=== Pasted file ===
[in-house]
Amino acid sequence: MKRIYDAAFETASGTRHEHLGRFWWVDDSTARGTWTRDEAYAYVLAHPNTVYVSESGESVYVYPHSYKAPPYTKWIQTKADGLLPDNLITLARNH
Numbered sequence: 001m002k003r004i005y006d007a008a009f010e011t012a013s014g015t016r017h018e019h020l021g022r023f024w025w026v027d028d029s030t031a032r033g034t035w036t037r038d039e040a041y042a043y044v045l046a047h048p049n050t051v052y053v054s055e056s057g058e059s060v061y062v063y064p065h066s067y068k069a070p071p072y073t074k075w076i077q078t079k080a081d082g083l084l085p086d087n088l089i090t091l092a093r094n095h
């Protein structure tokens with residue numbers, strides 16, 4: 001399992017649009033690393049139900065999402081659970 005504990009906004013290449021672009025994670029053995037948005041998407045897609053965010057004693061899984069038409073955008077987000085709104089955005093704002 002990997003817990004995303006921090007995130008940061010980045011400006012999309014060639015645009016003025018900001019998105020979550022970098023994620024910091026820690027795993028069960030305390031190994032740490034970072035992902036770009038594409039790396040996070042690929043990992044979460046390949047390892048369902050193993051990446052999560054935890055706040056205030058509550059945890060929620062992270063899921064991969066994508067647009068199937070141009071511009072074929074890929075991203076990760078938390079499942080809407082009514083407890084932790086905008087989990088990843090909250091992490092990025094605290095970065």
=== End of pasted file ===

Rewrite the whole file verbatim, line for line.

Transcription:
[in-house]
Amino acid sequence: MKRIYDAAFETASGTRHEHLGRFWWVDDSTARGTWTRDEAYAYVLAHPNTVYVSESGESVYVYPHSYKAPPYTKWIQTKADGLLPDNLITLARNH
Numbered sequence: 001m002k003r004i005y006d007a008a009f010e011t012a013s014g015t016r017h018e019h020l021g022r023f024w025w026v027d028d029s030t031a032r033g034t035w036t037r038d039e040a041y042a043y044v045l046a047h048p049n050t051v052y053v054s055e056s057g058e059s060v061y062v063y064p065h066s067y068k069a070p071p072y073t074k075w076i077q078t079k080a081d082g083l084l085p086d087n088l089i090t091l092a093r094n095h
């Protein structure tokens with residue numbers, strides 16, 4: 001399992017649009033690393049139900065999402081659970 005504990009906004013290449021672009025994670029053995037948005041998407045897609053965010057004693061899984069038409073955008077987000085709104089955005093704002 002990997003817990004995303006921090007995130008940061010980045011400006012999309014060639015645009016003025018900001019998105020979550022970098023994620024910091026820690027795993028069960030305390031190994032740490034970072035992902036770009038594409039790396040996070042690929043990992044979460046390949047390892048369902050193993051990446052999560054935890055706040056205030058509550059945890060929620062992270063899921064991969066994508067647009068199937070141009071511009072074929074890929075991203076990760078938390079499942080809407082009514083407890084932790086905008087989990088990843090909250091992490092990025094605290095970065």